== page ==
Results 4081–4100 of 4185 for sewage

Orders of the Day — Supply.: India Office. (26 May 1930)

Mr Samuel Hoare: ...Indian Army—there, again, I am told it was a case of agitators playing upon their Brahmin susceptibilities and telling them that if they went into the streets of Peshawar they would be defiled by sewage being thrown at them, and that the British Raj would not allow them to retaliate. This goes to show that, serious as may be many of the incidents that are taking place, we are faced not...

Class 1.: Privy Seal Office. (19 May 1930)

Mr Harold Balfour: ...high level, having regard to the economic facts. We are forcing our productive industries to pay more for coal than they would pay in a completely Free Trade market. Our power, water, gas, sewage disposal, housing, are all protected industries at the present time. They are sheltered. They have strong trade union agreements, and, under that form of Protection, their commodities cannot be...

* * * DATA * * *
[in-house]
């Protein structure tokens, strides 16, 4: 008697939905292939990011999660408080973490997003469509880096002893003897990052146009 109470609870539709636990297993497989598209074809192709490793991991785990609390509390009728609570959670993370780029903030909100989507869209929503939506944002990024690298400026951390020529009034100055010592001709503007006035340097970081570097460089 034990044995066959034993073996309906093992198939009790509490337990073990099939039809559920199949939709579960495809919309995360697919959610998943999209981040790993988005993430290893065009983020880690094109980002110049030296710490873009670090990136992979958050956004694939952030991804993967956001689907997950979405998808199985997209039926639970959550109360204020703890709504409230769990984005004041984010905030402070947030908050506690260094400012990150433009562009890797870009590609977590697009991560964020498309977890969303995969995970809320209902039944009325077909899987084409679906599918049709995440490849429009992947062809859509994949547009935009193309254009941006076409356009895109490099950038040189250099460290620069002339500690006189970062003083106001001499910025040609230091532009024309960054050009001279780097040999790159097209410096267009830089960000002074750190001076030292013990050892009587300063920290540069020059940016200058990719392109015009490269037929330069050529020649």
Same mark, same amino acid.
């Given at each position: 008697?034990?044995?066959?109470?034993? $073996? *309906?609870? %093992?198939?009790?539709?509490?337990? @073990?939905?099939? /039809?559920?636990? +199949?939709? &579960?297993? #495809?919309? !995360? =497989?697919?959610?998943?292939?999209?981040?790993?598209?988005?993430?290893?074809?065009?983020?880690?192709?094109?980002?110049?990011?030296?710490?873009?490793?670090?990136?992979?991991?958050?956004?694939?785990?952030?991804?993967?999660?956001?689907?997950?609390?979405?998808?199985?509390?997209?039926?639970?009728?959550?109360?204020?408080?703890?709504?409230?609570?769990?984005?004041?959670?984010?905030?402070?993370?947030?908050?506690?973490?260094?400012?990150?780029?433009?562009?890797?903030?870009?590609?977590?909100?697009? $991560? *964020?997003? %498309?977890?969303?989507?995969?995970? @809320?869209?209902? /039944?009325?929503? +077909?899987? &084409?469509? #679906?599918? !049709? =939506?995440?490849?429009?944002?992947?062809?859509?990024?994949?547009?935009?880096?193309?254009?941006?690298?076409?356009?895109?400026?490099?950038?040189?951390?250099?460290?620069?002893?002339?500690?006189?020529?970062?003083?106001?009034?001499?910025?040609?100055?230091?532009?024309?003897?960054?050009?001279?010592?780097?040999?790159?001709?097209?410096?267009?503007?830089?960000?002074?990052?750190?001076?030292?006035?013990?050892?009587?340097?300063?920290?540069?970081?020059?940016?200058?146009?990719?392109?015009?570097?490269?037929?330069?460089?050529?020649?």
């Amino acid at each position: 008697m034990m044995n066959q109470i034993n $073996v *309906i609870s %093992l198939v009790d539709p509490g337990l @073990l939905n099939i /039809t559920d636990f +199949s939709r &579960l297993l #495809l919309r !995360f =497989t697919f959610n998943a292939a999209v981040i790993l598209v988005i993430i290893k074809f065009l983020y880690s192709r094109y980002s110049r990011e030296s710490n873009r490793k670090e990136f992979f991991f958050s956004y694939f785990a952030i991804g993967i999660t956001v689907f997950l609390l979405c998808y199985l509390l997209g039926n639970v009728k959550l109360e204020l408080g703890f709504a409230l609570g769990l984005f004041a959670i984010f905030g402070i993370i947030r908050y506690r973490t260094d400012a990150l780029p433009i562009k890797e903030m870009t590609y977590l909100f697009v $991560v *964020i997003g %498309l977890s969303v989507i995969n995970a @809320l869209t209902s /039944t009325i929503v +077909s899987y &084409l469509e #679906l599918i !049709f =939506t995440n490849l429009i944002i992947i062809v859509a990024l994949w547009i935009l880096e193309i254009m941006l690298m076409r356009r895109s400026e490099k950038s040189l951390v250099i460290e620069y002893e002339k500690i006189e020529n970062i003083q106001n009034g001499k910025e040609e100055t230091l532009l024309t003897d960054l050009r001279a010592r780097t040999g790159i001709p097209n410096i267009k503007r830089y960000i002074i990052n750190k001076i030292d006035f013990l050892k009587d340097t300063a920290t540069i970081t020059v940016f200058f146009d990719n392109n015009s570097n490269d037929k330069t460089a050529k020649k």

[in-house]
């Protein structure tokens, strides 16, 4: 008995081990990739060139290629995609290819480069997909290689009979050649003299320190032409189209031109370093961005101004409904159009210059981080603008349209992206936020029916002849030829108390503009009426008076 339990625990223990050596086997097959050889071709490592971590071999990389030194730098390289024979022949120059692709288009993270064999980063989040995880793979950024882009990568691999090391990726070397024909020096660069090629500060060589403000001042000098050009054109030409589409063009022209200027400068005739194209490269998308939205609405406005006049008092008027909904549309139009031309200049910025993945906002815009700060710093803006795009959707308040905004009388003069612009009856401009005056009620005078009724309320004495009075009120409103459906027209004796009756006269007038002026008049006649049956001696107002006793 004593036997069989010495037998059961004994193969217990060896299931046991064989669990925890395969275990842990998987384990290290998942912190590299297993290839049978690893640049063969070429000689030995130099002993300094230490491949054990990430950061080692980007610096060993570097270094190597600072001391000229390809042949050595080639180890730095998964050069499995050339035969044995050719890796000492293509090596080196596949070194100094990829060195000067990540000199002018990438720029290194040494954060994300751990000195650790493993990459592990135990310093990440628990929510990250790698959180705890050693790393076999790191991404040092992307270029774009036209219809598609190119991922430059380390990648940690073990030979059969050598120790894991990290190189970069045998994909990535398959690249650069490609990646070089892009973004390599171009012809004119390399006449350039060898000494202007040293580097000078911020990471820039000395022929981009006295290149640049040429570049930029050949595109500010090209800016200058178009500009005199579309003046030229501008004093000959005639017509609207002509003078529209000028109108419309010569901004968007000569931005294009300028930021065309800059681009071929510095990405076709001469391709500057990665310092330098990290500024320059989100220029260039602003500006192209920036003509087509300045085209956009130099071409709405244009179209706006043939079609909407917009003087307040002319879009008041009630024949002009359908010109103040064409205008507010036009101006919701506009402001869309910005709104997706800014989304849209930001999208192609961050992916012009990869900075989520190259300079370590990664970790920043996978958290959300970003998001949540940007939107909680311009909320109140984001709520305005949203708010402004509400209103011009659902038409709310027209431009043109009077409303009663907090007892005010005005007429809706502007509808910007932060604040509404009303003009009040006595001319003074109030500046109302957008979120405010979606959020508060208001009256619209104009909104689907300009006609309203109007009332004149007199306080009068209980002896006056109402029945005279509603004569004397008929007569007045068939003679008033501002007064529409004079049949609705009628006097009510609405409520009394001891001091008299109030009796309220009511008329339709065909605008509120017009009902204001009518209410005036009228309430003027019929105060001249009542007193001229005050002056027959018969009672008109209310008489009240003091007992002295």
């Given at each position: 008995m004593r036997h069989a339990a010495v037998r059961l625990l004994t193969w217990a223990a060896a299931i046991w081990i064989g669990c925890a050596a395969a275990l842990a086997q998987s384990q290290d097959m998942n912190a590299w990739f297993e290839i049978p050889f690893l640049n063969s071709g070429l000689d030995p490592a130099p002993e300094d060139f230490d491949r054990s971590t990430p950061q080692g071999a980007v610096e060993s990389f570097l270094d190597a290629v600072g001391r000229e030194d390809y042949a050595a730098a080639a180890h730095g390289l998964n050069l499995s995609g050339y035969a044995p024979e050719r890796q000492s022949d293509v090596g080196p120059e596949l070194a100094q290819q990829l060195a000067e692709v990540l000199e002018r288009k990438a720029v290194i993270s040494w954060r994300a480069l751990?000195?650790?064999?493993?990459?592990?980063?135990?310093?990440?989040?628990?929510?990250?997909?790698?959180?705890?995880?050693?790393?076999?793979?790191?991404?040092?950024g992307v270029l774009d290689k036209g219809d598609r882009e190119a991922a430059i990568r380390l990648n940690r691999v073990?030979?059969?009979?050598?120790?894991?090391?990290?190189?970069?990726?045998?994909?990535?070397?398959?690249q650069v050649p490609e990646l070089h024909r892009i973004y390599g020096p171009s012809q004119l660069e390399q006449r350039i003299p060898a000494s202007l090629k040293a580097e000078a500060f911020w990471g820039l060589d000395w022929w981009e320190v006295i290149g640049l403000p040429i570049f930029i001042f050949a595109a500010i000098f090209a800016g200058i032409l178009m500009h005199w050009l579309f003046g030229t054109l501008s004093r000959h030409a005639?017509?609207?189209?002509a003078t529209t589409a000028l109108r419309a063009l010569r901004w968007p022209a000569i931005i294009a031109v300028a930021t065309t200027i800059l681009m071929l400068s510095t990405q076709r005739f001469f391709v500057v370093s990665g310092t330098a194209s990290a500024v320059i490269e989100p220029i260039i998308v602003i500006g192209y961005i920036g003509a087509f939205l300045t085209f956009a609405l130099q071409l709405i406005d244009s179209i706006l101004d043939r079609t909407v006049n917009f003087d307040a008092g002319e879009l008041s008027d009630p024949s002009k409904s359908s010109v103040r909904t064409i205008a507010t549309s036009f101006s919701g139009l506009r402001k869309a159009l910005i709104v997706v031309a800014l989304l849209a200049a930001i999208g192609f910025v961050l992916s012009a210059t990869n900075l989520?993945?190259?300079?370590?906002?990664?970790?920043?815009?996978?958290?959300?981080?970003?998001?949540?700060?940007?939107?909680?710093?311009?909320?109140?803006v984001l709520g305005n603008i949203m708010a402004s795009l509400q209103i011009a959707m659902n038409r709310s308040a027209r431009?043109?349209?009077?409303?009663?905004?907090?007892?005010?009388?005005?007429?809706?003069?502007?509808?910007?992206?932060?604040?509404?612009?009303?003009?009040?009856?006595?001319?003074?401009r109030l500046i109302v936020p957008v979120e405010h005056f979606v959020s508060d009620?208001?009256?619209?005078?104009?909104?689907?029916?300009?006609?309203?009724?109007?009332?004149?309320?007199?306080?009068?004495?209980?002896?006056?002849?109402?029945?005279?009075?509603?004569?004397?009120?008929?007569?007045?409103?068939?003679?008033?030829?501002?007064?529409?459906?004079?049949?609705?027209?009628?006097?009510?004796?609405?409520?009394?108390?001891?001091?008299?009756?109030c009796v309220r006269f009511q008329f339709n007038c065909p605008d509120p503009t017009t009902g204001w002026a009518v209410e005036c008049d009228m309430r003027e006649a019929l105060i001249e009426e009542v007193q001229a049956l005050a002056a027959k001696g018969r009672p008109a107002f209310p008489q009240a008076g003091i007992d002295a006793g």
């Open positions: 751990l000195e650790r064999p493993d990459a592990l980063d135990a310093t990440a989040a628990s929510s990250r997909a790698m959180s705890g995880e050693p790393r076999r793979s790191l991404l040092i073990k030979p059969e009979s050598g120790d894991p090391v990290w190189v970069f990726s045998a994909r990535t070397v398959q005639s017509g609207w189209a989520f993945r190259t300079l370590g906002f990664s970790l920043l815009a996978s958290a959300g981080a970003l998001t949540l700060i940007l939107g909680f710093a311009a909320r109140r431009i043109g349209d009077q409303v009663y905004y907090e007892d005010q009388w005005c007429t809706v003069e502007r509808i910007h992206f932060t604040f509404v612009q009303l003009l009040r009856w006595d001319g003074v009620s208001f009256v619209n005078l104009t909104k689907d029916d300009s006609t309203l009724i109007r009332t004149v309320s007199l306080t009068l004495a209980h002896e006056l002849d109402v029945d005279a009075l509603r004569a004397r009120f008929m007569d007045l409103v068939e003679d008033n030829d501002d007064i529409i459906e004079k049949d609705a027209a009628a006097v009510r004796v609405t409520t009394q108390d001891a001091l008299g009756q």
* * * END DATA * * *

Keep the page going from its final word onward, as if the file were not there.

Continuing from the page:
Orders of the Day — Housing (Scotland) [Expenses]. (10 Apr 1930)

Mr George Hardie: ...take the real financial basis of rent, it is surely the cost of the erection of the house. The moment the contractor is paid and the scheme finished, then the local authority takes over all road, sewage, cleansing, etc., and they go on a definite rate. The difficulty has to be faced if we are going to get down to a real basis of rent, and, by following the course I have indicated, we come...

Glasgow Corporation Bill (Substituted Bill), (3 Mar 1930)